Michigan, on the other hand, eclipsed 70 points 10 times in its first 16 conference games, including a seven-game stretch in which it more than doubled the number of times Illinois accomplished the feat in just 25 days (Jan. 5-30).

Clearly, Illinois can’t compete with Big Ten competition when the score approaches this height, and as a result, Michigan represents a tough matchup on Tuesday. If Michigan pushes the tempo and makes Illinois play a high-scoring game, it can exploit the thin offensive arsenal of Groce and run all the way to an outright Big Ten championship.

Prediction: Michigan’s golden opportunity to shock the Midwest comes to fruition on Tuesday night. While Illinois has won three straight games against potential NCAA Tournament teams coming into the only matchup of the season, too much is at stake for Michigan to overlook the 6-10 Fighting Illini. The Wolverines will make things official with a 73-60 Big Ten championship-clinching win.

Big Ten power rankings: Week 9

Tuesday, March 4th, 2014

This week’s edition of the Big Ten power rankings features more movement than usual as the conference continues to deal surprise after surprise. With March upon us, teams that play well down the stretch often outperform teams with more impressive overall resumes in postseason tournaments.

While teams like Michigan State, Ohio State and Iowa will certainly make the field of 68, playing poorly in late February and early March can really take the steam out of a potential deep run in the Big Dance. Meanwhile, teams that streak into the tournament on the final days of the season (Nebraska? Indiana?) represent extremely dangerous matchups.

So here’s how the Big Ten teams are playing with less than a week remaining before they head to Indianapolis.

1. Michigan (21-7, 13-3)  Even
Last week: Feb. 26 W at Purdue 77-76 OT, Mar. 1 W vs Minnesota 66-56
This week: Tuesday at Illinois 7pm ESPN, Saturday vs Indiana 6pm 

The in-state rival Spartans lost just before tip-off in Ann Arbor on Saturday, and after Michigan took care of Minnesota, it officially clinched at least a share of the regular season Big Ten championship. John Beilein’s surprise team can seal the title alone with a win at Illinois tonight or against Indiana on Saturday. 

2. Wisconsin (24-5, 11-5) • Even
Last week: Feb. 25 W vs Indiana 69-58, Mar. 2 W at Penn State 71-66
This week: Wednesday vs Purdue 9pm BTN, Sunday at Nebraska 7:30pm 

History shows that no matter what happens early in the season, a hot team is dangerous in March. The Badgers are red-hot heading into the final week of conference play, riding a seven-game winning streak and tied with Michigan State for second place in the Big Ten. Wisconsin could represent the most dangerous team in the conference, but clinching a share of the title gave Michigan the nod at No. 1 for now.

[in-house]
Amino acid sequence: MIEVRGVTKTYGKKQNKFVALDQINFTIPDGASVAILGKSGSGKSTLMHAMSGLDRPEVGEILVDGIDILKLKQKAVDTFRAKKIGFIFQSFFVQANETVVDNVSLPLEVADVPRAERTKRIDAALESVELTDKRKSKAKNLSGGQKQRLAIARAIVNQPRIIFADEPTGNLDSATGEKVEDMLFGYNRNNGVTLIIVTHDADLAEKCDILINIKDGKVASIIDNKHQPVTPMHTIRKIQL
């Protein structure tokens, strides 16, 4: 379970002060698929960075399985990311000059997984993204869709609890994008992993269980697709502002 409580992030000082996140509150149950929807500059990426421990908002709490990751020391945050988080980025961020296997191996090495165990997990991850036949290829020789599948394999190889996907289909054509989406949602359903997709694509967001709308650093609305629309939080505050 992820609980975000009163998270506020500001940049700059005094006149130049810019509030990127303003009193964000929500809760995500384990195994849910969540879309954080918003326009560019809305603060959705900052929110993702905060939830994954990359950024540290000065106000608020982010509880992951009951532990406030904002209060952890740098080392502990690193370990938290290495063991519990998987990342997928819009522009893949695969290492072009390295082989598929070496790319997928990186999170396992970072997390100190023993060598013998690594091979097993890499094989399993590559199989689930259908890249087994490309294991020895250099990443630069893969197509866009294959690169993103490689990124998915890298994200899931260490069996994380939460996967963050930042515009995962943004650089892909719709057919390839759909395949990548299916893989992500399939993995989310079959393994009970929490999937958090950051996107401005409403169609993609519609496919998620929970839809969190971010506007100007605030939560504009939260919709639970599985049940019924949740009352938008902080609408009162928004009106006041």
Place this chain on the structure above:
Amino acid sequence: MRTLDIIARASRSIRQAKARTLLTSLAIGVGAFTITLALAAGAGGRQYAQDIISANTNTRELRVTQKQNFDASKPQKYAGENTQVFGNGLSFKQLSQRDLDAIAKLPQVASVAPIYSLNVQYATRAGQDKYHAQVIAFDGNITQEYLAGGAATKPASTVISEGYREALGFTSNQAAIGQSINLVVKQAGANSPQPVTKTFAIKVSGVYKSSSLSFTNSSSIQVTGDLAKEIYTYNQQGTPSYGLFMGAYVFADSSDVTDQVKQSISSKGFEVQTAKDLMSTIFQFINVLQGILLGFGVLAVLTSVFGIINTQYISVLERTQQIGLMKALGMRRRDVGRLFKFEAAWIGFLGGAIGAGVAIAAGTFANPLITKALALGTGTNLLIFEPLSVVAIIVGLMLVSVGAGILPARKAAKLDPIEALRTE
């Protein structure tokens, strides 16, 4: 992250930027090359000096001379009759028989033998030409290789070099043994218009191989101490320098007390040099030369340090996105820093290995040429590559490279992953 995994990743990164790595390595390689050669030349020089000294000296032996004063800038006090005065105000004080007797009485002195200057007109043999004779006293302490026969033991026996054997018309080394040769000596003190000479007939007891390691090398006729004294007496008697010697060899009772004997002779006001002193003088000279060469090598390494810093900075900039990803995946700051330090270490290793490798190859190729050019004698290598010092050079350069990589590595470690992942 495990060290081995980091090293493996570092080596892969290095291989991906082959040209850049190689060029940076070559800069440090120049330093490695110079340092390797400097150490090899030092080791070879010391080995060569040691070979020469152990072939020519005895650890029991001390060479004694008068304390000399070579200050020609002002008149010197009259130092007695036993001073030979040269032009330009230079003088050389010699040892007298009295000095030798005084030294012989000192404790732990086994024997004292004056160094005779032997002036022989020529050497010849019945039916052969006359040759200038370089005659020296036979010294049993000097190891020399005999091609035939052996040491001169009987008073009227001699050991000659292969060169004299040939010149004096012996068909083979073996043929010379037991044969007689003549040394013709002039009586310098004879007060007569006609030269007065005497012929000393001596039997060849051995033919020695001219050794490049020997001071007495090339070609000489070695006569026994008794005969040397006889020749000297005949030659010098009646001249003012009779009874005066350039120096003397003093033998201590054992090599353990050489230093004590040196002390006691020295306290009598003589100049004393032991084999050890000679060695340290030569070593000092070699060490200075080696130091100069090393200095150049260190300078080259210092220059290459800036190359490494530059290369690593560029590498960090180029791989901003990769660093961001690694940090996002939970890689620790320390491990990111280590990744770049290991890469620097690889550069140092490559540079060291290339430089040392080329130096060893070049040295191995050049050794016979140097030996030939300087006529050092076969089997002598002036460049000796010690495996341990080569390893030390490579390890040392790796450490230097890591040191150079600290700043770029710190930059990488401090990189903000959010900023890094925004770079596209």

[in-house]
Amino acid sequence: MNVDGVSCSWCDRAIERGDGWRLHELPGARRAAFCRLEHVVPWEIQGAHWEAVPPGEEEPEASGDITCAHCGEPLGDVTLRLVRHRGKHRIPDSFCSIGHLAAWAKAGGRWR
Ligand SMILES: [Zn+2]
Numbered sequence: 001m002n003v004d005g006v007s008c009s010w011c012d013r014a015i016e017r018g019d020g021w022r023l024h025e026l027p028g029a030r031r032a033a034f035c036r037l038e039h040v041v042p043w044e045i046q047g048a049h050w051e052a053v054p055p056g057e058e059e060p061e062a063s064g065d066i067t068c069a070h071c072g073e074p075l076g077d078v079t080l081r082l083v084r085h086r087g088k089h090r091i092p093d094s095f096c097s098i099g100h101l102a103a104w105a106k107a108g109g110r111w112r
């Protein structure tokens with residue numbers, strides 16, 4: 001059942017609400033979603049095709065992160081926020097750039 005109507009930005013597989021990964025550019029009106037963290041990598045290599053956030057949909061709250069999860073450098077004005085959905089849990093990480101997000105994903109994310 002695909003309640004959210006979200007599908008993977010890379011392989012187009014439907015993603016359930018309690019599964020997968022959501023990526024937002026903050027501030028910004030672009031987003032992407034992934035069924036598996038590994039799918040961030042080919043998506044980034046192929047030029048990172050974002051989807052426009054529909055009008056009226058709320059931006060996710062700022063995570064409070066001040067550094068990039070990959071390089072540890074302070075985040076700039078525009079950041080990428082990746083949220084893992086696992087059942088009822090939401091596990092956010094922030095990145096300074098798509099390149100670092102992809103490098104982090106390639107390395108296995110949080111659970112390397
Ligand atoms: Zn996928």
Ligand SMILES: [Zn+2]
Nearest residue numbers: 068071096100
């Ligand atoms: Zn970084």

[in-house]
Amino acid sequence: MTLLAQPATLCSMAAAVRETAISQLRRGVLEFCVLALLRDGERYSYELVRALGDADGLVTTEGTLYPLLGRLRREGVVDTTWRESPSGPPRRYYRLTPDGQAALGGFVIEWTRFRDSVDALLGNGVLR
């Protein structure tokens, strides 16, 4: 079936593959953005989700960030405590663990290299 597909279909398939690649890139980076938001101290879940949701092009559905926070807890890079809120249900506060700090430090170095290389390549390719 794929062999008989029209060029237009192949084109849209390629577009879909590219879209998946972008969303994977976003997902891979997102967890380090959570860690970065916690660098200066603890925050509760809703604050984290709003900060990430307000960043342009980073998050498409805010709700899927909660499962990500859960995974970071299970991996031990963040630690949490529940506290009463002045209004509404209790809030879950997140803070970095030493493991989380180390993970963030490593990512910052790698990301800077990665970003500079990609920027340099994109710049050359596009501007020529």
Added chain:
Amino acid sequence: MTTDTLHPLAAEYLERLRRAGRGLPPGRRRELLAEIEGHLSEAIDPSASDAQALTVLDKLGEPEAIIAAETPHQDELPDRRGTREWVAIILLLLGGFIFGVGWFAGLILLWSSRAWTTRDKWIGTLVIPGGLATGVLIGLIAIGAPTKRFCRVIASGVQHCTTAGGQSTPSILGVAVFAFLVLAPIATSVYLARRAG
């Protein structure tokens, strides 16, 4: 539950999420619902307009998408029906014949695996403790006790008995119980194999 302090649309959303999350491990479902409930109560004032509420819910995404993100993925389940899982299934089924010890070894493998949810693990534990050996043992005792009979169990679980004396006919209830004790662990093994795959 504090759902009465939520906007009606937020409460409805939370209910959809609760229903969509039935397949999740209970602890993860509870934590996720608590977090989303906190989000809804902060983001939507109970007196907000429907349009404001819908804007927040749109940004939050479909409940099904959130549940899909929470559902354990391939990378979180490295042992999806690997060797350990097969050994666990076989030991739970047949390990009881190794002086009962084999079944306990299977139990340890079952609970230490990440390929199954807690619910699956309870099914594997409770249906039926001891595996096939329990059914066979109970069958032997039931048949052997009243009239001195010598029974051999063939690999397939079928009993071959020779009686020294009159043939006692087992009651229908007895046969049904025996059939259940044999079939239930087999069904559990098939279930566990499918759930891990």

3. Nebraska (17-11, 9-7) • Up 4
Last week: Feb. 26 L at Illinois 49-60, Mar. 1 W vs Northwestern 54-47
This week: Wednesday at Indiana 7pm BTN, Sunday vs #9 Wisconsin 7:30pm

Despite last week’s loss to Illinois, which looks slightly less egregious after the Illini won in East Lansing on Saturday, Nebraska finds itself contending for a first-round bye in Indianapolis. Tim Miles’s team held off Northwestern on Saturday and can secure a winning conference record with a win in either of its final two games (at Indiana on Wednesday or against Wisconsin on Sunday).

4. Indiana (17-12, 7-9) • Up 4
Last week: Feb. 25 L at #14 Wisc. 58-69, Feb. 27 W vs #20 Iowa 93-86, Mar. 2 W vs #22 OSU 72-64
This week: Wednesday vs Nebraska 7pm BTN, Saturday at #12 Michigan 6pm

Don’t look now, but Indiana is making the run that Big Ten fans were waiting for. Indiana knocked off two straight top-25 teams last week to keep its dim tournament hopes alive. They may not recover from the 3-7 stretch that plagued the heart of their conference schedule, but the Hoosiers aren’t going down without a fight. It may take a win in Ann Arbor in the season finale to put Indiana over the hump.

5. Iowa (17-12, 6-10) • Up 3
Last week: Feb. 26 W vs Nebraska 60-49, Mar. 1 W at #18 Michigan State 53-46
This week: Tuesday vs #12 Michigan 7pm ESPN, Saturday at #24 Iowa 8:30pm

John Groce waited nearly two whole months of Big Ten play for his team to show some life, and although it’s likely too late to join an already-crowded NCAA Tournament bubble, Illinois played spoiler three times in the past two weeks. A win over Michigan State in East Lansing proved the most impressive feat for Illinois on the season, but beating Minnesota and Nebraska the week before was more nationally significant, as both teams have tournament hopes that hang by a thread.

6. Iowa (20-9, 9-7) • Down 1
Last week: Feb. 25 L at Minnesota 89-95, Feb. 27 L at Indiana 86-93, Mar. 2 W vs Purdue 83-76
This week: Thursday at #22 Michigan State 9pm ESPN, Saturday vs Illinois 8:30pm

When both Michigan and Michigan State faltered on their home courts on Feb. 16, Iowa climbed to within one game of the conference co-leaders in the loss column. The Hawkeyes responded by losing their next three games and falling completely out of contention. After struggling to beat Purdue at home, Iowa looks to take advantage of an equally-wounded Spartan squad on Thursday.